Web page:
Specialist civil servants strike at 400 locations


Specialist civil servants strike at 400 locations

Government research laboratories, defence establishments, national museums and galleries, testing stations, veterinary centres and prisons were among hundreds of workplaces hit by strike action taken today by members of Prospect.

Picket lines across the country relayed back that more than 80% of the specialists and professionals represented by Prospect stayed away from work in the nationwide day of action called by their union against the Government’s attack on public sector pensions.

Strike action by at least 26,000 Prospect members interrupted, delayed or stopped work at more than 400 locations ranging from Plymouth to Aberdeen, from Lowestoft to Carlisle.

Paul Noon, General Secretary, toured picket lines in London in the morning and reported “extraordinary high levels of support for the action” from both members and the general public. Standing outside the House of Commons, where parliamentary staff including Hansard reporters and sub-editors were on strike, he said:

“The turnout today shows a massive degree of backing for the stand taken by the unions that there must be a fair deal on pensions leading to a negotiated settlement.

“On top of that, George Osborne’s action yesterday in slapping a 1% pay curb on public servants for another two years has upset people more than anything I have seen in 35 years as a trade unionist.

“People who have never been on strike before are coming out today in droves and saying: the way public servants are being treated is simply wrong, unfair and unworthy of any Government.”

Today’s action affected professionals working in 16 Government departments, 41 executive agencies, and 51 non-departmental bodies. In Wales, the Senedd in Cardiff, home of the Welsh Government, was closed; and in Scotland only two committees of the Parliament were sitting.

In UK departments, the biggest impact was felt in the Ministry of Defence where the union’s 7,000 members, chiefly engineers and scientists, took action in Devonport naval base, Plymouth and at Portsmouth naval base; MOD’s procurement HQ at Abbey Wood, Bristol; the Faslane base near the Clyde, home of the UK nuclear deterrent; MOD Main Building in Whitehall; and the Defence Science and Technology Laboratory at Portsdown, Portsmouth and Fort Halstead, Kent.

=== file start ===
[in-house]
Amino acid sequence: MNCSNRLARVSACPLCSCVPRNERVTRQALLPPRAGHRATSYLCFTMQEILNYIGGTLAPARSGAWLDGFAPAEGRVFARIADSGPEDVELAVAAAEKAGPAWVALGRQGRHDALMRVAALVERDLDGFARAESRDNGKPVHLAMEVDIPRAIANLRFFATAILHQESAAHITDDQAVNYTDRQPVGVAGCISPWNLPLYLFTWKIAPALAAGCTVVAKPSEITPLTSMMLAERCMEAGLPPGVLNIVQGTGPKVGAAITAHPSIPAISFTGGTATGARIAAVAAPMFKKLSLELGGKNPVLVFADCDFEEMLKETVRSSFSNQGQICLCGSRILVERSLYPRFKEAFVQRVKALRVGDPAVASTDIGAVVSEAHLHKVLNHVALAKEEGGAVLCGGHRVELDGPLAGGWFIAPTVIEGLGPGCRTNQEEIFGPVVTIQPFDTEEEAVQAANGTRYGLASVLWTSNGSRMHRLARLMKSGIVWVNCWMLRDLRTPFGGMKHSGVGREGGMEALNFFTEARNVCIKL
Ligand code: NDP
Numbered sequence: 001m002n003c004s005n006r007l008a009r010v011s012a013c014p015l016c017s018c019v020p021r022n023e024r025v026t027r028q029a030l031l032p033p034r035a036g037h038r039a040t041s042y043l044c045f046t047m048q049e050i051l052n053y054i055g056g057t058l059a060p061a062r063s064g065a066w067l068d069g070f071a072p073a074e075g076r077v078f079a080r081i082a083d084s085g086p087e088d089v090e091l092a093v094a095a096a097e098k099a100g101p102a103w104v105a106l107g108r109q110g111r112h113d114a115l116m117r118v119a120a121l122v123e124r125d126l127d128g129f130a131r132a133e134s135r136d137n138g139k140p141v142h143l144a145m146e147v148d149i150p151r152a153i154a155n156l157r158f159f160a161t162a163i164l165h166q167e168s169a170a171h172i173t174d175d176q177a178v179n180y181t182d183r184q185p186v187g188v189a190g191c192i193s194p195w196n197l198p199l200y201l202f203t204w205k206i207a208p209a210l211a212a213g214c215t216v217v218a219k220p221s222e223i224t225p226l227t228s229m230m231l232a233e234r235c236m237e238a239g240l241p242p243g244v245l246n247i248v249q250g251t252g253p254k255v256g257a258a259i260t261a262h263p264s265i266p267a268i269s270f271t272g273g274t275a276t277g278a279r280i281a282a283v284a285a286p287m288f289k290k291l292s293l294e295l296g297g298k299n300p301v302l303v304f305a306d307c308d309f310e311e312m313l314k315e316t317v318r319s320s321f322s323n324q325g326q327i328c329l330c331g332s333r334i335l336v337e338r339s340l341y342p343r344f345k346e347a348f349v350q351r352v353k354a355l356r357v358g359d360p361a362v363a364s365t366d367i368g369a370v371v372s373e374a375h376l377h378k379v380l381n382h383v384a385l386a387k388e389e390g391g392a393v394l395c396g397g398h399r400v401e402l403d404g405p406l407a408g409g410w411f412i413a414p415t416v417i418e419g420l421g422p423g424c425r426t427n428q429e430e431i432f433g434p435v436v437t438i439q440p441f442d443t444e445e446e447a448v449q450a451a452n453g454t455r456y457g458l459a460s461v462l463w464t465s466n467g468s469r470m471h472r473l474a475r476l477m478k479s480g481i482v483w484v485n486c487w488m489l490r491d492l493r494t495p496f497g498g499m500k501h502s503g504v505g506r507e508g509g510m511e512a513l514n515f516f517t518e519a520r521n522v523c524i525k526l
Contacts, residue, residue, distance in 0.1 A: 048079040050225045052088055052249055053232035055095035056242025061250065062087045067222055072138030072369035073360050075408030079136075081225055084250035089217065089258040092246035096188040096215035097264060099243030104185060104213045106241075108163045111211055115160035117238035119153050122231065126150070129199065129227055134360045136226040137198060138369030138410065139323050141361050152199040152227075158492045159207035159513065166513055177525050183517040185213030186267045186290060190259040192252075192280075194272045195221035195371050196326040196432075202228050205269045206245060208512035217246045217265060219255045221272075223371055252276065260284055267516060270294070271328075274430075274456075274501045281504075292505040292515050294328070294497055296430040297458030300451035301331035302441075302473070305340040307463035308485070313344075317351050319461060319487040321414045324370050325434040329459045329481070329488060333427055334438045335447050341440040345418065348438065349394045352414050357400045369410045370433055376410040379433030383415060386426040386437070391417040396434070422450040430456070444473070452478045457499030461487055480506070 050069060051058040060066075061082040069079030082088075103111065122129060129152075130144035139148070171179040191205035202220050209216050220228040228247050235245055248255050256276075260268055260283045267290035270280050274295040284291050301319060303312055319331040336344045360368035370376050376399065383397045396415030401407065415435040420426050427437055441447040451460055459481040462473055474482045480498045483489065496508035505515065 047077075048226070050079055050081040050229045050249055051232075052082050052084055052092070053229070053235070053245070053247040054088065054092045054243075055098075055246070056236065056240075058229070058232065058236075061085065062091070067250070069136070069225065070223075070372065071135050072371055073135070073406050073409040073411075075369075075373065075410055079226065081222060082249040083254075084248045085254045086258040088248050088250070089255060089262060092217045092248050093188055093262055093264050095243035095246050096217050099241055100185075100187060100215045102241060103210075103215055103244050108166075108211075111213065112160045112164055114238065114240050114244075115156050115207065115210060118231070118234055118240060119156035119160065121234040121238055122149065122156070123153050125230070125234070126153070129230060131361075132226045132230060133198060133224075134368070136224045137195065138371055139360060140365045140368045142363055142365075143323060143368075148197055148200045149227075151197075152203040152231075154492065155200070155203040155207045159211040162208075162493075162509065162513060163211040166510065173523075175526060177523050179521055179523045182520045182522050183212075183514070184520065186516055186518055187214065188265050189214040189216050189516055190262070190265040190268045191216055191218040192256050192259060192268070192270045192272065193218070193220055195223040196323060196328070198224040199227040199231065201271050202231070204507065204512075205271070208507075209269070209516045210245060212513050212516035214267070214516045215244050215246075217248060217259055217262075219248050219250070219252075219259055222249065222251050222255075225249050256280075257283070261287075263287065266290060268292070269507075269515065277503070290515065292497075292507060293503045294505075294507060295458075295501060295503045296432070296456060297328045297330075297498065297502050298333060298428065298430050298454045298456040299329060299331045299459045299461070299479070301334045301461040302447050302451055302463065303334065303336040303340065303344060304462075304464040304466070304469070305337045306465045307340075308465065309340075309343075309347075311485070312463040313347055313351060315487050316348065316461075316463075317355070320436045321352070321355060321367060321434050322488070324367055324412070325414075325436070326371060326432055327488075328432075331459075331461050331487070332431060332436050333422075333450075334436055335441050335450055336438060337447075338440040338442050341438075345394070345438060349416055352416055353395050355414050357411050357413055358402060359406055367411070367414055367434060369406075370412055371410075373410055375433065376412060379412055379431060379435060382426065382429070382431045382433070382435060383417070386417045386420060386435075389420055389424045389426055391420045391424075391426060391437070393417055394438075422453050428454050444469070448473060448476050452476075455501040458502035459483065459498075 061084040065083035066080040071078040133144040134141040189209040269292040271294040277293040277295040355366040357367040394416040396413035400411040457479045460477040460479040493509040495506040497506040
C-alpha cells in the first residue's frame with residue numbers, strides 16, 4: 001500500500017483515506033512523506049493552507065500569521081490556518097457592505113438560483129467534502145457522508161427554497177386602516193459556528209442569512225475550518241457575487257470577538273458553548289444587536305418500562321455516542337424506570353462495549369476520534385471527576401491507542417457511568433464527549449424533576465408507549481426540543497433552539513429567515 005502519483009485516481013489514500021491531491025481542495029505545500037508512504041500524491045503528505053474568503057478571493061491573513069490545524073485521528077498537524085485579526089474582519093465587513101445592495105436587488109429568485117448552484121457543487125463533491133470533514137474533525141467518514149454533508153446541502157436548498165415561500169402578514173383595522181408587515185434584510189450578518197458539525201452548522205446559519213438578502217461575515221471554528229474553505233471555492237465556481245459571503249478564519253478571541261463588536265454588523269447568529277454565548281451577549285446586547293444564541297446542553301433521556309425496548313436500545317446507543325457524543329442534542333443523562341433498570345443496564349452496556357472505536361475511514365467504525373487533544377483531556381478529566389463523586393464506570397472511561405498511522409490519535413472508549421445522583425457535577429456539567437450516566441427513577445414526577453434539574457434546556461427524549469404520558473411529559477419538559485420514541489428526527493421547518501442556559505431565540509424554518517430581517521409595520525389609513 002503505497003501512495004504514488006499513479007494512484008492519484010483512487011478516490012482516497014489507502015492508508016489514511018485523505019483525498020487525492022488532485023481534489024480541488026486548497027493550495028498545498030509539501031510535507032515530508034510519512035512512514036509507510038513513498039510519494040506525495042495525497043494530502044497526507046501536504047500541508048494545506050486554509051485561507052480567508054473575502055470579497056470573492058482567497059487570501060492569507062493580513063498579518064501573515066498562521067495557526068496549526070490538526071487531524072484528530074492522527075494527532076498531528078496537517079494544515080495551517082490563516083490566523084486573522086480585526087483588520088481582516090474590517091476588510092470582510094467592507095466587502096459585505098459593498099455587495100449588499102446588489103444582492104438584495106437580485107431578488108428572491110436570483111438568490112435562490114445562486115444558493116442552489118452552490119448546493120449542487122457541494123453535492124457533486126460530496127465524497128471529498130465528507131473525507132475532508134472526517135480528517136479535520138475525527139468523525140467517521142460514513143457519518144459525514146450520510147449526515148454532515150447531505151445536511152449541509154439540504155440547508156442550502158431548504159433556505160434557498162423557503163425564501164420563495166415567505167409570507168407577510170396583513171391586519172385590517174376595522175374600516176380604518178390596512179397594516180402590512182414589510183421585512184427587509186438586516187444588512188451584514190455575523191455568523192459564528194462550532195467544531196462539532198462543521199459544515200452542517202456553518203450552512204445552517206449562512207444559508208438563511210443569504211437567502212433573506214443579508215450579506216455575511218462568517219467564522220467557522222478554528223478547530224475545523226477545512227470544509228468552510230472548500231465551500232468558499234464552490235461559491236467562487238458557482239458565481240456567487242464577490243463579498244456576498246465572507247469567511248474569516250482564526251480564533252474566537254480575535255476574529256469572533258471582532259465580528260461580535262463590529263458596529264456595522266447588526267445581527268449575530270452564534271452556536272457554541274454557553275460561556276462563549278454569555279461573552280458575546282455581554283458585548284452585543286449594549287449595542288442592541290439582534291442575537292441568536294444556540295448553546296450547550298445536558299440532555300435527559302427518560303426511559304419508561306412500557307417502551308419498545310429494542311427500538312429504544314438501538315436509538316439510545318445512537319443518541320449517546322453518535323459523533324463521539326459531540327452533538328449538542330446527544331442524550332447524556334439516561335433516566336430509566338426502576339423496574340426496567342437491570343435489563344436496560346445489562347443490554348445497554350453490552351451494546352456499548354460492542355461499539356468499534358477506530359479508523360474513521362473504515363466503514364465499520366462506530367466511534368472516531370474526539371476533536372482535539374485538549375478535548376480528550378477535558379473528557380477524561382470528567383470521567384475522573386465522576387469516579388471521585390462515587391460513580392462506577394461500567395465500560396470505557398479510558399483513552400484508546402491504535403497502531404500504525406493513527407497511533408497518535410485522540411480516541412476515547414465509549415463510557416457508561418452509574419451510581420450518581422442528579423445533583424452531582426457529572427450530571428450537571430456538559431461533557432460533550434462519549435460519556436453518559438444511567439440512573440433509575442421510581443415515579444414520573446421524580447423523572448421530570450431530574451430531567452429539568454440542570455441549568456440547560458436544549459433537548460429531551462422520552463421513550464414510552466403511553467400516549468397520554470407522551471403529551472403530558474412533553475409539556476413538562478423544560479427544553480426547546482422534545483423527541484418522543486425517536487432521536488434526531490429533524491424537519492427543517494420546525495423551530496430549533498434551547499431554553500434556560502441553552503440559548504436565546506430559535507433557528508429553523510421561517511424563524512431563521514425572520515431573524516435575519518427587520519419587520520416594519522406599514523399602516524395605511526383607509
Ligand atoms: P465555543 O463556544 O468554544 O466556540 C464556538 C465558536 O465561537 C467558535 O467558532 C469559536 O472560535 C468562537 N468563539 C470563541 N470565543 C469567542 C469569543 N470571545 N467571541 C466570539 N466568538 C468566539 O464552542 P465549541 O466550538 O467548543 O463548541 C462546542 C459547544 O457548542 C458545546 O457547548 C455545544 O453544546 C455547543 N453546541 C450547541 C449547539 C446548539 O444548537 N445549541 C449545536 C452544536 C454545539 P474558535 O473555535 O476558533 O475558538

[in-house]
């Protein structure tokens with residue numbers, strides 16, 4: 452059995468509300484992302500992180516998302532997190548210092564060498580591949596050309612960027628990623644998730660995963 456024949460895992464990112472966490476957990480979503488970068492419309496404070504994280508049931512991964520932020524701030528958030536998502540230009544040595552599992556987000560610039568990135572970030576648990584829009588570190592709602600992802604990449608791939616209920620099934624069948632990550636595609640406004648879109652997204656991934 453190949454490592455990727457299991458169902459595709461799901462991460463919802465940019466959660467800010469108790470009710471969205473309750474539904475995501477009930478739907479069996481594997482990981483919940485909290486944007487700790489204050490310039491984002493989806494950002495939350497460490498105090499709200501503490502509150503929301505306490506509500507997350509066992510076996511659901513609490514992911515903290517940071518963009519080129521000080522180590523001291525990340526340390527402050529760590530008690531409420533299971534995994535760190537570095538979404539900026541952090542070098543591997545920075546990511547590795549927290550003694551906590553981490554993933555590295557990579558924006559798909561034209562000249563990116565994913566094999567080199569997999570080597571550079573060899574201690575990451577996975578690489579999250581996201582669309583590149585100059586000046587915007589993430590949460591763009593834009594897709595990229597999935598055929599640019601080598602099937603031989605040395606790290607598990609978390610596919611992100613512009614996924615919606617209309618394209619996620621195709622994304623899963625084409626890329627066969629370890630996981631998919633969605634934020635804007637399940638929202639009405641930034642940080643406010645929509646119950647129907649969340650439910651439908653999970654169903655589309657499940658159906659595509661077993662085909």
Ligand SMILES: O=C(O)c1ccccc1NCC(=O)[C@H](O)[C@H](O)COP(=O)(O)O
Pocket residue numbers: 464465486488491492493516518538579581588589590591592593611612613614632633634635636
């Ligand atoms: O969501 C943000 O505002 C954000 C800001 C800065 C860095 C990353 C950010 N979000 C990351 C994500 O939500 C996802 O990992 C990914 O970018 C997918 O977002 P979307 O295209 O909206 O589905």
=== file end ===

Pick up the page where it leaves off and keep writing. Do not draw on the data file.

Other departments affected were Transport, where enforcement work on the road and at the 83 heavy goods vehicle testing stations in the Vehicle and Operator Services Agency was severely curtailed or stopped; HM Prison Service, where psychologists, managers and specialists picketed prisons around the country; Defra, where animal health, food and environmental protection work was sharply reduced at laboratories and institutes like the Food and Environmental Research Agency at Sand Hutton, York; and Business Innovation and Skills, where industrial action by Met Office scientists and presenters meant truncated weather forecasts had to be read out by BBC presenters.

In all these areas the union negotiated special arrangements to ensure emergency cover and protect health and safety.

Among heritage bodies taking action were the British Museum, where most public galleries were closed; the British Library, where only one reading room was open to the public; the National Gallery, where the Leonardo exhibition stayed open but other galleries closed; the Museum of London, where all galleries were shut; the Victoria & Albert Museum, where several galleries closed; and the Science Museum and the Natural History Museum, where school outings and daytime shows were cancelled but some galleries stayed open.

Other public bodies reporting strong support for the strike action included the Highways Agency, where its normal quota of cars on the road was reduced by 70%; Ordnance Survey, Southampton where almost all work stopped after pickets took up position at every entrance from 6.30am; the Health and Safety Executive, where inspectors and scientists all over the country joined demonstrations; all institutes of the Biotechnology and Biological Sciences Research Council; the nuclear research programme at the Culham Centre for Fusion Energy, where both its large tokamaks (ring-shaped magnetic confinement devices) were taken offline and put on standby; Edinburgh, where a joint protest was held by members of the Forestry Commission and Scottish Natural Heritage, and the National Library for Scotland was closed.

Also among those affected was the Office of Rail Regulation, Manchester and London; the Big Lottery Fund, Birmingham; Natural Environment Research Council institutes; Food Standards Agency, London; National Measurement Office, Teddington; Planning Inspectorate, Bristol; Serious Fraud Office, London.